Click here for the Microsoft Surface RT Review – Hardware part 1
Microsoft Surface RT runs Windows RT which is a customised version of the Windows 8 Operating System with AppStore, akin to what is running on a Windows Phone 8 device but on a large scale. It comes with the standard Windows 8 ‘Metro’ interface, Metro is really the replacement for the Start menu which has what Microsoft calls ‘Live Tiles’ that can update with content from the app and flick up or rotate to show additional content.
The main touch interface is scrollable from right to left, so you swipe left to move the screen left to see additional Live Tiles on the right of the screen.
Sadly Internet Explorer is still a big part of Microsoft Operating Systems and Windows RT is no different, as with all versions of Internet Explorer it feels a bit clunky. Don’t get me wrong it’s a huge improvement over previous versions of Internet Explorer but it just still doesn’t feel lightning fast like other web browsers, like it’s trying to do things in the background before it loads a page. The status bar doesn’t display until you swipe up from the bottom of the screen, then you get your other tabs appear at the top of the screen. To close an app you have to drag or swipe down from the top of the screen (slowly) and the screen reduces in size and you then have to drag it off to the bottom of the screen. This feels pretty slow and very sticky, sticky in the sense that it doesn’t do it until you drag further.
Windows RT comes with a desktop but to be honest I really haven’t found a use for this yet. Maybe you can save files to the desktop but I just don’t see the point. The real annoyance I have found so far is there are no battery meters in the Windows Store, so if you want to check the actual percentage of battery, e.g. 89% then you have to press the START button to get to the Metro UI, then tap Desktop to get to the desktop, then tap the battery icon at the bottom right of the task bar to then see what the percentage is. Really Microsoft, you can do better than this! What about a Live Tile that updates? There’s many apps in the Windows Store for Windows Phone 8 but there’s none for the Surface RT yet.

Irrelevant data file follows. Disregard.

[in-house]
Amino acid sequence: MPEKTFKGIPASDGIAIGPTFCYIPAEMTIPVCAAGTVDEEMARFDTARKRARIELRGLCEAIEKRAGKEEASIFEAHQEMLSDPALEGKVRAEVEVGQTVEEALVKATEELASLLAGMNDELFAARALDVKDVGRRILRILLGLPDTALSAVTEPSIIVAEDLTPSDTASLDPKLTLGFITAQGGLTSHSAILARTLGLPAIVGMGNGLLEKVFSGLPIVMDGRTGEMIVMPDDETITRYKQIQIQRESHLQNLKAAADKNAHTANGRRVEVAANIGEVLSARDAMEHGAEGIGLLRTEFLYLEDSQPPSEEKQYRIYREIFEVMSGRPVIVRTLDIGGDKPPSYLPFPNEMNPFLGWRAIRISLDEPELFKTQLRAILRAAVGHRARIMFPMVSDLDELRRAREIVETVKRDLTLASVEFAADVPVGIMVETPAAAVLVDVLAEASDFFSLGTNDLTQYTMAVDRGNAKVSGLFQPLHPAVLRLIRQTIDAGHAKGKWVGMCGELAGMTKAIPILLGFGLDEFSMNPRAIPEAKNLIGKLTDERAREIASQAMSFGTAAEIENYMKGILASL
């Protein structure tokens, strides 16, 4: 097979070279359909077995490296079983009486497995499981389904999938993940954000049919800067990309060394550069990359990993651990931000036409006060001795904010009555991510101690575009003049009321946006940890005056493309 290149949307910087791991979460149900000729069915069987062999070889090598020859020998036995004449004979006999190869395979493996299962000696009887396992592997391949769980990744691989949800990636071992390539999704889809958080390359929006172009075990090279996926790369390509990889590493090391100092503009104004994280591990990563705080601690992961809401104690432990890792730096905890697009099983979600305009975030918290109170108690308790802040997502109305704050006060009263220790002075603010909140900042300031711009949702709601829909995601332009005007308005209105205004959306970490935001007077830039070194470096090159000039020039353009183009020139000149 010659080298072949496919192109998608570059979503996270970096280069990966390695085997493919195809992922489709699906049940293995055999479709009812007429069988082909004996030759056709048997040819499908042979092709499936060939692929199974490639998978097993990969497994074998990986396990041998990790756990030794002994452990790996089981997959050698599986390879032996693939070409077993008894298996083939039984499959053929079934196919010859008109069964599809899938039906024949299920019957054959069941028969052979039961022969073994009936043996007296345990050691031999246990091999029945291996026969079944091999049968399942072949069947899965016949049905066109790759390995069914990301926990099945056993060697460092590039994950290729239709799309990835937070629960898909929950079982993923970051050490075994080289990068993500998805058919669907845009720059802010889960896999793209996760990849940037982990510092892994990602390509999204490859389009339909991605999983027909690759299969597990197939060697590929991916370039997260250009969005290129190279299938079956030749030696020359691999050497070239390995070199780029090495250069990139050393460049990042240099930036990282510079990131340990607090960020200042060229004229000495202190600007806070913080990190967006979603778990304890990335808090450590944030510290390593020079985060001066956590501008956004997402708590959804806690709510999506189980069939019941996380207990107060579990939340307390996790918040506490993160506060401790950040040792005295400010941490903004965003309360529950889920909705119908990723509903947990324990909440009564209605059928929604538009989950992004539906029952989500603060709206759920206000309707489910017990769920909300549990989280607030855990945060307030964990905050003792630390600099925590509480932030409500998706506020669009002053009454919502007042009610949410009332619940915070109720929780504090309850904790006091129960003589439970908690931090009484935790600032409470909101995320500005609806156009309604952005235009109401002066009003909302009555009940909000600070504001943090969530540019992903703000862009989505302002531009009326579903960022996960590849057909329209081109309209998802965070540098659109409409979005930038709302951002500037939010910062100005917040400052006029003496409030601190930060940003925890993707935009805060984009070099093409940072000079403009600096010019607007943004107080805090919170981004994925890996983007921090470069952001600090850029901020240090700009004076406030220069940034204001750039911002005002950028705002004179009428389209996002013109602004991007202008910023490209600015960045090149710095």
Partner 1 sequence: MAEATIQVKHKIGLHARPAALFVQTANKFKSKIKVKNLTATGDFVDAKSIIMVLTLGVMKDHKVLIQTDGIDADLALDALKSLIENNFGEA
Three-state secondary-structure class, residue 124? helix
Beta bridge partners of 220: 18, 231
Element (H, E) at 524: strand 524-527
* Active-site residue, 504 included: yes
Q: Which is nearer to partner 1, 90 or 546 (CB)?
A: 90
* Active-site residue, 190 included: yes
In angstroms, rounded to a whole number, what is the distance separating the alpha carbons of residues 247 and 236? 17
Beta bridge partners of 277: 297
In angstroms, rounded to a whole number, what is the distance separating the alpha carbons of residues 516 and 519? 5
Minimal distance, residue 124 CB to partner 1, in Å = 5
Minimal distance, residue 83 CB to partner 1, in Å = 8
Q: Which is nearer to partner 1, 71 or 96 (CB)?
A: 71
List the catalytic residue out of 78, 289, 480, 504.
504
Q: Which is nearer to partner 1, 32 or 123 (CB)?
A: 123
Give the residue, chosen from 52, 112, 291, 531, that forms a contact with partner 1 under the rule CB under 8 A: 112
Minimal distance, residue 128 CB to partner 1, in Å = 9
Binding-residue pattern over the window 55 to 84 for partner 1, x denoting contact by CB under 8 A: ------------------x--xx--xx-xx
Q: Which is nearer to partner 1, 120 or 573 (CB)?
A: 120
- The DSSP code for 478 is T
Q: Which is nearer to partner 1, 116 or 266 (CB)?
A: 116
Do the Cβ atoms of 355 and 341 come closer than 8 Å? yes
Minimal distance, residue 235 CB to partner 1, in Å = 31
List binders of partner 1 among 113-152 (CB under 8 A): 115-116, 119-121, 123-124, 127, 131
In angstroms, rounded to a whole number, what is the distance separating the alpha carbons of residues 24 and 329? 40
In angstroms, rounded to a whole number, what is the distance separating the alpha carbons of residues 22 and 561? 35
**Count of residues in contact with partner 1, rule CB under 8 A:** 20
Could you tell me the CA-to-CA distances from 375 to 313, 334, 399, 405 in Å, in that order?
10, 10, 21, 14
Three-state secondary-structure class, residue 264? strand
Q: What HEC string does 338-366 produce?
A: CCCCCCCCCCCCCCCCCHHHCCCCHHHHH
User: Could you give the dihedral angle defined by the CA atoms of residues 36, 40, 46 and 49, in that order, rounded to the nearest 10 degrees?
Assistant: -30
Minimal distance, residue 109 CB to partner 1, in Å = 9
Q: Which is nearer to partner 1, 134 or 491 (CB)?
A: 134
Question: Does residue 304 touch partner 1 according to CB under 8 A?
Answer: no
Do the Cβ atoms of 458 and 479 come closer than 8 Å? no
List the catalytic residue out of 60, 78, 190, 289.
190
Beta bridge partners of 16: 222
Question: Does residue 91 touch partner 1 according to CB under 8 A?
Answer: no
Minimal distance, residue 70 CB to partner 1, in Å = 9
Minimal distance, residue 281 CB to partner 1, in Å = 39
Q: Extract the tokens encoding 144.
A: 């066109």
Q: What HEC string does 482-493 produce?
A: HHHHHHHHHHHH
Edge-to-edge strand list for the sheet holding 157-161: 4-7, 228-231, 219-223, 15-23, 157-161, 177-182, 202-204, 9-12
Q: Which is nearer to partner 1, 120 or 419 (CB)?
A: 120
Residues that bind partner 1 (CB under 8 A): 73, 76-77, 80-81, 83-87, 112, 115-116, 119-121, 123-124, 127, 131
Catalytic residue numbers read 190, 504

Bing or Bing Search is also a big part of Windows RT, Microsoft’s answer to Google. I still prefer Google, Google always comes back with slightly better search results than Bing I find, but it’s down to personal preference. I do wonder how many people use Bing, as everyone I know uses Google.
There’s a built-in Weather app which is pretty slick called ‘Bing Weather’. It allows you to check by location or by a preset city around the world. It’s important to note that Windows RT does not have a GPS Receiver built-in so it’s similar to that of the iPad WiFi model with no GPS, so it uses WiFi to determine your current location. So don’t get any ideas of using GPS on the Surface RT unless you are able to use a USB GPS Receiver and get the drivers to work (highly unlikely).
Microsoft have created a number of good apps, another one is ‘Bing Daily’ that gives you all the latest news based around your location/region. Apparently Microsoft have a very large news desk team creating news articles and bringing them in from other News sources, and it does show, Bing Daily is always very up to date.
As I mentioned earlier, swiping right to left allows you to scroll the Metrol UI, it doesn’t scroll up and down like the Windows Phone 8 Metro Interface does, which again seems another inconsistency on Microsoft’s part.
Every application you run whether it’s a Microsoft application or a third party, they all have a splash-screen based on the App Icon, and the Windows Store is exactly the same. I’m pretty sure this adds to load time of the application, maybe only a second or two but I’d prefer that this didn’t show if it saves launch time.
The Windows Store is pretty thorough, I’ve found a lot of the apps I have on the iPad and Android on the Windows Store, but not every one. For instance, even though Microsoft are ‘in bed’ with Facebook with Skype, there’s still no official Facebook application. The same for Twitter, it’s pretty frustrating that most of the big names are not in the Windows Store, well not yet. There are however other third party apps that help make up for the apps that are missing, but they’re still not quite the same.
There are still way fewer apps in the Windows Store than say on Apple AppStore or Google Play, but new apps are becoming widely available and developers are porting apps between the other two major platforms.
Windows RT with the AppStore is a good start by Microsoft and it’s good to see that Microsoft are finally catching up, but still there’s a long way to go…